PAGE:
SANTA BARBARA (AP & KSBY Staff) — A 7-foot sea creature that washed ashore in Goleta two weeks ago has been identified as a hoodwinker sunfish, a recently identified rare species thought to live in the Southern Hemisphere.
The University of California at Santa Barbara said an intern spotted the stranded fish at Sands Beach in the university’s Coal Oil Point Natural Reserve.
The intern alerted Jessica Nielsen, a conservation specialist at Coal Oil Point, who initially thought it was a type of local sunfish and posted photos to the reserve’s Facebook page.
That drew the attention of Dr. Thomas Turner, an associate professor in UCSB’s ecology, evolution and marine biology department who examined the fish and posted photos to the iNaturalist online community.
That caught the eye of Marianne Nyegaard of Murdoch University in Australia, who identified the species in 2017 and formally named it Mola tecta but gave it the hoodwinker moniker because it had somehow escaped scientific recognition.
Nyegaard told UCSB in an email that she discussed the images with ichthyologist Ralph Foster of the South Australian Museum but was reluctant to identify the fish as a hoodwinker because the photos didn’t clearly show distinctive features and because it had turned up so far out of its known range.
Nyegaard sent specific instructions to California about what to photograph and tissue samples that should be taken.
Turner and Nielsen were glad to help, but first they had to find the fish, which had been moved by the tide, according to UCSB.
They walked from opposite ends of the beach and found it several hundred yards from its original position.
Nyegaard said she ended up with a large number of extremely clear photos.
Courtesy: Thomas Turner, UCSB
“I literally, nearly fell off my chair (when I saw the pictures),” she said in an article on the UCSB website titled “Hoodwinked.” “Tom Turner and Jessica Nielsen had indeed found the fish and had photographed and examined it, and taken a tissue sample. A huge amount of extremely clear photos was in my inbox and there was just no doubt of the ID. They had also examined the clavus by hand to confirm the number of ossicles, which was just brilliant.”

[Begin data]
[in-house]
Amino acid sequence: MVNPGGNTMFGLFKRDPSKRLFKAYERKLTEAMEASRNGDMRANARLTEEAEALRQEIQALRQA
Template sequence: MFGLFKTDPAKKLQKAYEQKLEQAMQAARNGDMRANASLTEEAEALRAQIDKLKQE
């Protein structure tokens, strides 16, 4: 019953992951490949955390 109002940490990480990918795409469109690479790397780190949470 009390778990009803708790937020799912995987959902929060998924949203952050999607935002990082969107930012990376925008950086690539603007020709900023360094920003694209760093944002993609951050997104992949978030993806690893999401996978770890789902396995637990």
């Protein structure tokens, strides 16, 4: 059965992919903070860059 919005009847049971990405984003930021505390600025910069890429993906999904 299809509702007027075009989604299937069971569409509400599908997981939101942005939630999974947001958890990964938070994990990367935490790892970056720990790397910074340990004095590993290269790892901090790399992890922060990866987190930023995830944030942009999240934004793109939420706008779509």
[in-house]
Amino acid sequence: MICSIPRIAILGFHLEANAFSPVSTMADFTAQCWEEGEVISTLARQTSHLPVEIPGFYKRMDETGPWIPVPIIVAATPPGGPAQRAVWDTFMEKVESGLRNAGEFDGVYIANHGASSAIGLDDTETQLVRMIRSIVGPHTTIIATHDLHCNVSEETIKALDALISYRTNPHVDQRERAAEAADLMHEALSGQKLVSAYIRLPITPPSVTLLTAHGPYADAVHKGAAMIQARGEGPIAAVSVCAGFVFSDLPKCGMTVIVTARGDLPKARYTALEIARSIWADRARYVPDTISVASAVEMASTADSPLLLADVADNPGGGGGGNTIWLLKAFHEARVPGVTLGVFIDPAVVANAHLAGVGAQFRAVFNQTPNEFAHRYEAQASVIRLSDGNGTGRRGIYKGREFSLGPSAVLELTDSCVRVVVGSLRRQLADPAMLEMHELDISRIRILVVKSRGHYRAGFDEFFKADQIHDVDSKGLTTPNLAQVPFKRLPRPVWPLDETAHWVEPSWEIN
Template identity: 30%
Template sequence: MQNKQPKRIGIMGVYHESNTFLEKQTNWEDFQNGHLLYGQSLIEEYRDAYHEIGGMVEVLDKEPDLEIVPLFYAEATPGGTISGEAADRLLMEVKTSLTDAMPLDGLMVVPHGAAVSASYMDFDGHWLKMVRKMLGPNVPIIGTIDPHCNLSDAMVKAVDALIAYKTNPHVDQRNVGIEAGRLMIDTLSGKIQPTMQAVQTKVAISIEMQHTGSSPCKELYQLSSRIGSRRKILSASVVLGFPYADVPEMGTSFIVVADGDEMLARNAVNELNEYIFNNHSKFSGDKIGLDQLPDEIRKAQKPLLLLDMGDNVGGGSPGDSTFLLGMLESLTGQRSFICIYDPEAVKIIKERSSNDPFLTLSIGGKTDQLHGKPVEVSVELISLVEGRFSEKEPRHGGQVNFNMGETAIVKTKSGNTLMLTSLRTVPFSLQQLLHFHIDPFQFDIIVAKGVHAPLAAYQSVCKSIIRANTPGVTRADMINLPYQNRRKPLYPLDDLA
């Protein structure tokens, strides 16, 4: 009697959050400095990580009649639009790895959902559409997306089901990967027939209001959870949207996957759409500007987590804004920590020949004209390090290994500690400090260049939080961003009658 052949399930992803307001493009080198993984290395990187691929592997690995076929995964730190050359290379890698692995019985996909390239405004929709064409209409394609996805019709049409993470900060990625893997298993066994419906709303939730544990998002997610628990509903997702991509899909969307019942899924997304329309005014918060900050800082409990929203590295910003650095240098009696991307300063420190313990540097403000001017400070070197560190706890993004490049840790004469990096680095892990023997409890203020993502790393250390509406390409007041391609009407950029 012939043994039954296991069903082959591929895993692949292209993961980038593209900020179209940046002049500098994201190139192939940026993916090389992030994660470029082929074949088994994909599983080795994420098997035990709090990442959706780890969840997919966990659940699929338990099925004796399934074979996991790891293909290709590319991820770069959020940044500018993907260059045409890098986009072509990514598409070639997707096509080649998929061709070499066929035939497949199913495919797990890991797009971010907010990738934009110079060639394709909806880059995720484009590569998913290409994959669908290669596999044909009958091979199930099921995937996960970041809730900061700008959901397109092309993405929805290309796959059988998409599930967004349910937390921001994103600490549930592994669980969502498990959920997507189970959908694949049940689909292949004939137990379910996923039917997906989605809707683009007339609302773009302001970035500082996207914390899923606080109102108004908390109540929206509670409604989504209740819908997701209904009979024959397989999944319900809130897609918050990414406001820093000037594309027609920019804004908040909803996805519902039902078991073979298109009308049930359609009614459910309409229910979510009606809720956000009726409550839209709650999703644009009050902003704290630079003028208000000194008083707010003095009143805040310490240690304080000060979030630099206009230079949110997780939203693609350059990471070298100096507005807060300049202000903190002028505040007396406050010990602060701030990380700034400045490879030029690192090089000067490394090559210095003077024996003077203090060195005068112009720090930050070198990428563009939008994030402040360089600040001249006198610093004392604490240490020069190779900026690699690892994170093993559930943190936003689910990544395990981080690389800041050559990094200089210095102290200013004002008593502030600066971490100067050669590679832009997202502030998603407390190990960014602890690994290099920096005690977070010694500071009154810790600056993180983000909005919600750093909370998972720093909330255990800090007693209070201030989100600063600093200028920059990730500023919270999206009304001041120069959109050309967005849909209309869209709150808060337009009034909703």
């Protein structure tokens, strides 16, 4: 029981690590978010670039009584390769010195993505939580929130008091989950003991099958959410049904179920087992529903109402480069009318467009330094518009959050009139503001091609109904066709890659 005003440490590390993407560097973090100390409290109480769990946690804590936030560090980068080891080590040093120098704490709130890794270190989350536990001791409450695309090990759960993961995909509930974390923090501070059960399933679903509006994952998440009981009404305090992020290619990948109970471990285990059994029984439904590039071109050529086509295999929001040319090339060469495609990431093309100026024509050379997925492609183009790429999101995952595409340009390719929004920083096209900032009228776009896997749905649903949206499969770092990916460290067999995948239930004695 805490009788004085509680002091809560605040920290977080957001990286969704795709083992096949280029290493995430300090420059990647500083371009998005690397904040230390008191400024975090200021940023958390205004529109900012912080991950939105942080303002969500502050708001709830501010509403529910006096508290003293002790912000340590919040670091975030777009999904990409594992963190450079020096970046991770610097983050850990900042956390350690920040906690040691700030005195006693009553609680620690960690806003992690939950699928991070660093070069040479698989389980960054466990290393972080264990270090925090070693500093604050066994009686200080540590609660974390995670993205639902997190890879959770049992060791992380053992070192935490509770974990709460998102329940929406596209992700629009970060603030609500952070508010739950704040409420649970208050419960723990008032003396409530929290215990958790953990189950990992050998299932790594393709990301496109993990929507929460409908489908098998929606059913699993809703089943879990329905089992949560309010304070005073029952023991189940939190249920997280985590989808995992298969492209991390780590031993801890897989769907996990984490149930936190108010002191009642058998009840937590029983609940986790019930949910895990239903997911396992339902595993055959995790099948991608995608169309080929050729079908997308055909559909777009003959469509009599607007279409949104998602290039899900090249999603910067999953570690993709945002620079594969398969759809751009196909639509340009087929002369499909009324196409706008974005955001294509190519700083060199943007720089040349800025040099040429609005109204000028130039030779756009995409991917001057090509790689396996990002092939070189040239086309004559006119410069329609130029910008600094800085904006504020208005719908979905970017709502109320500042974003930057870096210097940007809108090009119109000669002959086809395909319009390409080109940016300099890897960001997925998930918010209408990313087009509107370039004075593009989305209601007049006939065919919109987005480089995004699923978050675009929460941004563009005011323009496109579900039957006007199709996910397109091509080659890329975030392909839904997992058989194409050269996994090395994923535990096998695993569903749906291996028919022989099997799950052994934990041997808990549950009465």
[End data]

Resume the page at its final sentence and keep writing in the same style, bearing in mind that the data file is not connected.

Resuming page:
Nyegaard added, “Eyes and ears and hands on the ground half a world away — wow.”
Though it is unclear how the Mola tecta ended up so far from its known range in the Southern Hemisphere, having definitive identification is a crucial first step. And thanks to an enterprising conservationist, an organic collaboration between scientists near and far, and good old-fashioned social media, that ID is now confirmed.
“It really was exciting to collect the photos and samples knowing that it could potentially be such an extraordinary sighting,” said Nielsen. “Mola tecta was just recently discovered so there is still so much to learn about this species. I’m so glad that we could help these researchers make the final definitive ID.
“This is certainly the most remarkable organism I have seen wash up on the beach in my four years at the reserve,” she added.
According to Thomas, the fish was just over 7 feet long and slightly wider from fin tip to fin tip. Its dorsal fin was just under 2½ feet long. He did not weigh it.